While hiking Mount Hotaka, our protagonist, Patient No. 23, finds a Kappa, a mythical Japanese creature that looks like a goblin crossed with a turtle and is known for drowning toddlers. In an attempt to catch it he accidentally tumbles down with it into the Kappa world. Once there he discovers that Kappa live almost parallel lives to himself and his countrymen, differing only in what they take seriously and what they don't. He can't make sense of their law system, their morality and their politics, which seem absurd and occasionally horrific, but Kappa tend to find humans equally perplexing too, so everyone tries their best to understand each other. What results is the funny, revealing and sometimes melancholy tale of his misadventure that he doles out to anyone willing to listen to him from his bed at a psychiatric hospital.
As a fish fanatic I found this title shocking and borderline blasphemous, but fear not fellow fish aficionados! This tale of obsession and discovery is not a campaign against the existence of our beloved cousins; quite the contrary. Lulu Miller of NPR's Invisibilia retraces the life of renowned ichthyologist, possible murderer, and definite eugenicist David Starr Jordan, interweaving her journey of self-discovery with Jordan's dogged attempts to categorize every last one of the sea's slimy denizens in the face of accidents, illnesses, and deaths. How does one justify living at all when confronted with the probable meaninglessness of existence, of entropy and inevitable tragedy? It's easy to take ways of seeing for granted, be it grief or "fish" as a category of basically similar animals. Maybe we miss the complex, endlessly diverse lives of the ocean's inhabitants for the unquestioned category of "fish". Maybe by clinging to loss we lose contact with the love we have in front of us.
Jade Nguyen was recently accepted into university with all of its promises of success and stability for her family; she knows it will be the space where she can finally explore her queerness. It seems perfect, except she can’t stand the idea of her refugee mother taking on any more debt on her behalf. That’s when her estranged father cuts her a deal: come back to Vietnam, help him transform a decrepit villa that once housed French invaders into a tourist trap and he’ll give her the college money she needs. But the house, and her family inside it, is haunted by its violent past. Her father is determined to pave over the bodies buried in its gardens and forget it all, so she hatches a plan: she will haunt the haunted house, channeling the fury and pain of the hungry ghosts trapped inside of it until they realize just how rotten its foundations are. This debut is a home firstborns can belong to apart from the expectations placed on us and our inherited hauntings.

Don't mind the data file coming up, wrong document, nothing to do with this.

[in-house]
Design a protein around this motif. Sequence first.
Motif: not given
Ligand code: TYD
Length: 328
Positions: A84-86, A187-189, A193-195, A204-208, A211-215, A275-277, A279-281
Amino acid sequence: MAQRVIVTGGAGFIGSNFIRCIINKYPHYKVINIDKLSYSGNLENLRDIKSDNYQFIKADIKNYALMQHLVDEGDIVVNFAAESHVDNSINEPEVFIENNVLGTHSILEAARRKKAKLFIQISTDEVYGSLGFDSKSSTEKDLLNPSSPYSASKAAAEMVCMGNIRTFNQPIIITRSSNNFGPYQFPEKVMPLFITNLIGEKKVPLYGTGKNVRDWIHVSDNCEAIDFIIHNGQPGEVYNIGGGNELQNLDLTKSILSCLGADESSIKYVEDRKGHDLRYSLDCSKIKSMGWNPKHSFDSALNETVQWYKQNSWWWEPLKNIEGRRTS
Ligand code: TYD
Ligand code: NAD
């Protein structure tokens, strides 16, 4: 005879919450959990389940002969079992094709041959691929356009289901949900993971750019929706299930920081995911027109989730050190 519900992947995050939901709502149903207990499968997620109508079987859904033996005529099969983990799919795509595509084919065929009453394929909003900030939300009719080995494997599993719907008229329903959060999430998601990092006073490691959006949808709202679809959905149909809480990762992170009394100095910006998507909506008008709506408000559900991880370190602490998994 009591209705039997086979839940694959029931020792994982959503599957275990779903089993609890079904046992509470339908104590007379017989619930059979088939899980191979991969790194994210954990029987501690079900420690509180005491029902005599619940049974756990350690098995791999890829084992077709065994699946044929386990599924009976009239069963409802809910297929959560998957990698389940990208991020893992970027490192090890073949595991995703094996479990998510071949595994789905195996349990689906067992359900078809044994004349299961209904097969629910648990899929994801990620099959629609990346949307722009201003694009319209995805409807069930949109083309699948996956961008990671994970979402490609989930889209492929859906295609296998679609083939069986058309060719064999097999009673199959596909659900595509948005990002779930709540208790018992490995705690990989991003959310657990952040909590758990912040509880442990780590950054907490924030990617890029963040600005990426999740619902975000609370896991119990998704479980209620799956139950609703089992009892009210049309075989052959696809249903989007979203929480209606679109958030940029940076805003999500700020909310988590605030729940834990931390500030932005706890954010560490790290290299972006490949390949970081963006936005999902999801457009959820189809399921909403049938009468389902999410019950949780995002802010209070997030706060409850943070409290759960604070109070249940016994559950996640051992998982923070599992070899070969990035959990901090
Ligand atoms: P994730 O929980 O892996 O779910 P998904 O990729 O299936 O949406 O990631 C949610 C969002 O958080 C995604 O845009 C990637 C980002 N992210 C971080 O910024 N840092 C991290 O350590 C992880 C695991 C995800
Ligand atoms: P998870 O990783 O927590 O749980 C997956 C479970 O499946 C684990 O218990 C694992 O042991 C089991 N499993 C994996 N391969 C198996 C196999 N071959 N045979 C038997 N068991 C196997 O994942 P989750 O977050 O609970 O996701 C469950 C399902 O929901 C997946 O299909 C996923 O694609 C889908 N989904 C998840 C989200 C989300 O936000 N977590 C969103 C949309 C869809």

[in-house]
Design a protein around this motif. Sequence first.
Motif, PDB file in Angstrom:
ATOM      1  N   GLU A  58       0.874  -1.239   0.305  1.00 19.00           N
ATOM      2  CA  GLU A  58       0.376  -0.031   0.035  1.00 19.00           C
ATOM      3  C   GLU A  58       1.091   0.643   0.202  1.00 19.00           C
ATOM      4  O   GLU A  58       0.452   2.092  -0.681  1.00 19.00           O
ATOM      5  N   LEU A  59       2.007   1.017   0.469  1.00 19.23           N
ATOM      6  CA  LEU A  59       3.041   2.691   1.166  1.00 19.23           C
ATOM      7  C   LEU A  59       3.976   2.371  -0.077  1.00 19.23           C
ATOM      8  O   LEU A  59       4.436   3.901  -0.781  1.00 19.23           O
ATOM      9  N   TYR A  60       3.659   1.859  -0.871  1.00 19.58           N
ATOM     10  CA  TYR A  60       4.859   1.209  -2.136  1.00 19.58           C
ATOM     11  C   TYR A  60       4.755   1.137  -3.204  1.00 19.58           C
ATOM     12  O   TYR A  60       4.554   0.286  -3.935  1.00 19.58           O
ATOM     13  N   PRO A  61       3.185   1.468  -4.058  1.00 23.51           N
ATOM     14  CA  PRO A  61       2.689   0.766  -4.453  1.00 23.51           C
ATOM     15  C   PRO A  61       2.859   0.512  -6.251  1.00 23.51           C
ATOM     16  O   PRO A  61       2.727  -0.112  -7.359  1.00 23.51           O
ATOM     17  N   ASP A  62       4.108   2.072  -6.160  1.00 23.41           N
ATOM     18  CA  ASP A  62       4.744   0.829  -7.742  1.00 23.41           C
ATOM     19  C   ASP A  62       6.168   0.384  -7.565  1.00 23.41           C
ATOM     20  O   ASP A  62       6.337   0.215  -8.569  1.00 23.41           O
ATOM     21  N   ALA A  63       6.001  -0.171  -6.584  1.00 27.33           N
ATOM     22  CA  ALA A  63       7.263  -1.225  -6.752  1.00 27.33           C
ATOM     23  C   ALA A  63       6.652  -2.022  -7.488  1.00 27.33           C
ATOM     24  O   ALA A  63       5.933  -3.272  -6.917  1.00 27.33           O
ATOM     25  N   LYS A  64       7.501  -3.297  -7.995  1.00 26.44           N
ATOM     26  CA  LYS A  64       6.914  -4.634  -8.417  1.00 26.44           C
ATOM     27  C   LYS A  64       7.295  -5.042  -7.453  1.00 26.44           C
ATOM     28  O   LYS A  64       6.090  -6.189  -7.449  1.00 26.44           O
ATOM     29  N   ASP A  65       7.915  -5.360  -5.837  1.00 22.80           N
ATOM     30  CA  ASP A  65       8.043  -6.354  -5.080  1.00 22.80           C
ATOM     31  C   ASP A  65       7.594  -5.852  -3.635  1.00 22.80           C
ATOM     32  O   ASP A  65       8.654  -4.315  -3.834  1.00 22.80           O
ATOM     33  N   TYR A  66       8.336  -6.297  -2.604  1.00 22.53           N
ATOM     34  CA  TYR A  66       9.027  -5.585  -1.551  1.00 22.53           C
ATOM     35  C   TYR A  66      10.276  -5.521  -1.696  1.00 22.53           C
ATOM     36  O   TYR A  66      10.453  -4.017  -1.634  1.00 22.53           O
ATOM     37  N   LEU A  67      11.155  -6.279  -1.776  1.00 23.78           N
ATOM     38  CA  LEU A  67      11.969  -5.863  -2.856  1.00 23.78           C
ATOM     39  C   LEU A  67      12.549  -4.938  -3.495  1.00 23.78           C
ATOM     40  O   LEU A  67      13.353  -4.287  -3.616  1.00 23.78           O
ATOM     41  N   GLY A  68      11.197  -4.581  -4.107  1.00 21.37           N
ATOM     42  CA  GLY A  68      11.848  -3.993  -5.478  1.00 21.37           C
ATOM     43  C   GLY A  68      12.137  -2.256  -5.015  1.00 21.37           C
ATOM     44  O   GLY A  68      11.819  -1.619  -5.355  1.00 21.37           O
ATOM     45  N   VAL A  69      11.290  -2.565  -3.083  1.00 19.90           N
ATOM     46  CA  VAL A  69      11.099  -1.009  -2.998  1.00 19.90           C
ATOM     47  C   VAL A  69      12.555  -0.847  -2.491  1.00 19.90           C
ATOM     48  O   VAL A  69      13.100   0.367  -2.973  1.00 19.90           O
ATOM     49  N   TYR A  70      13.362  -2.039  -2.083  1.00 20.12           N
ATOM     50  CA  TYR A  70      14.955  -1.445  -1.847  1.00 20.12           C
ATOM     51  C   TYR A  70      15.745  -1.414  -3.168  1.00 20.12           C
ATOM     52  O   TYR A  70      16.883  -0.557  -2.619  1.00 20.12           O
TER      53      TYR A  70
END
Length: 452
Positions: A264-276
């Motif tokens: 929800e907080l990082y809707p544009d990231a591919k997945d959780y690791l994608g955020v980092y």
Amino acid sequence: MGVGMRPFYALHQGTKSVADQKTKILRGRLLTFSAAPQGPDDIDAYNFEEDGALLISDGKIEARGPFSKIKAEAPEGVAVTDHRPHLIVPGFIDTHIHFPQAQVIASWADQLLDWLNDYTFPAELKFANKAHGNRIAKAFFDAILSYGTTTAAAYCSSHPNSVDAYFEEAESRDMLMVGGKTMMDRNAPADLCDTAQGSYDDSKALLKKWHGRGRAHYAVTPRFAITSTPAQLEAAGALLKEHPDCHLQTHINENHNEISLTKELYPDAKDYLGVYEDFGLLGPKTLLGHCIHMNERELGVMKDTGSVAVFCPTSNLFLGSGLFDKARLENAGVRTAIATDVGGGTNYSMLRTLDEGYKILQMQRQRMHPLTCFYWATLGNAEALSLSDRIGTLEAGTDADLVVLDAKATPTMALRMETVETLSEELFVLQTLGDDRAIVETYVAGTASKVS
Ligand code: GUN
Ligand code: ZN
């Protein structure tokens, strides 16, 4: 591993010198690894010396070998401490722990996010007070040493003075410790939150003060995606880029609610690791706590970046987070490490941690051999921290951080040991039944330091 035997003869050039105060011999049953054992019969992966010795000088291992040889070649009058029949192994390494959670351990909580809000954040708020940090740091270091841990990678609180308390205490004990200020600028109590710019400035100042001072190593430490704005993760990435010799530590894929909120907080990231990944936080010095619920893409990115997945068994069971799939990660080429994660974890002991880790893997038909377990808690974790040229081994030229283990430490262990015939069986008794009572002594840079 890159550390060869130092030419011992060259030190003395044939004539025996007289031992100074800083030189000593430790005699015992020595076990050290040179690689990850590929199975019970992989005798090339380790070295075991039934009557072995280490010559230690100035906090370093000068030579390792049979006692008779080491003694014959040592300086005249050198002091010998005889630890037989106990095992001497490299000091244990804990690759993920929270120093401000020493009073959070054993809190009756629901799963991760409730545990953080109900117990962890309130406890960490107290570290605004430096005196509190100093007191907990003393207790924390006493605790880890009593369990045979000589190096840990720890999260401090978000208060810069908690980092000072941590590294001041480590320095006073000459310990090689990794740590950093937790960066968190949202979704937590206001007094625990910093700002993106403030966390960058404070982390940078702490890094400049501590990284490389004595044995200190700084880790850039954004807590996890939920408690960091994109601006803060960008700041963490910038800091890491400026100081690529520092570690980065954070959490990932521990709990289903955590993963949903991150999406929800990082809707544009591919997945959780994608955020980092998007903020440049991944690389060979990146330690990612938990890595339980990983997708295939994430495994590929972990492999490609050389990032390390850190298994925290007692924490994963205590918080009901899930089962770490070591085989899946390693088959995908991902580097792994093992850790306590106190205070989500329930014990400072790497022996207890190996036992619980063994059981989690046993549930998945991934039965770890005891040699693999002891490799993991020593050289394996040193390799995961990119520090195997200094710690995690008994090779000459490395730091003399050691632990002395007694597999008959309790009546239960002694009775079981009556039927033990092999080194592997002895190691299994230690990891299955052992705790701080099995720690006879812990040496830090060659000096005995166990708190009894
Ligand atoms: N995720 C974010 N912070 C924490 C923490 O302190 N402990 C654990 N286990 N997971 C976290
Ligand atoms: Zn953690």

Told entirely through the memories of a Vietnamese woman stuck in a train station held at a standstill due to a bomb threat, Chinatown is pulled between war and reconstruction, countries and ethnicity, relationships, dreams and waking life, and novels themselves. Dizzy, liminal and disparate moments sprawl out ahead like train tracks leading to a destination that stays just past the horizon no matter how long you’ve been traveling. Measure how far you’ve gone against where you came from, try to find something definable in the gray areas of displacement and loss, and you’ll notice that the one thing you can always count on is that every stop along the way has a Chinatown. I saw so much of myself and my family in this novel. It felt like a balm for an ache I forgot I had.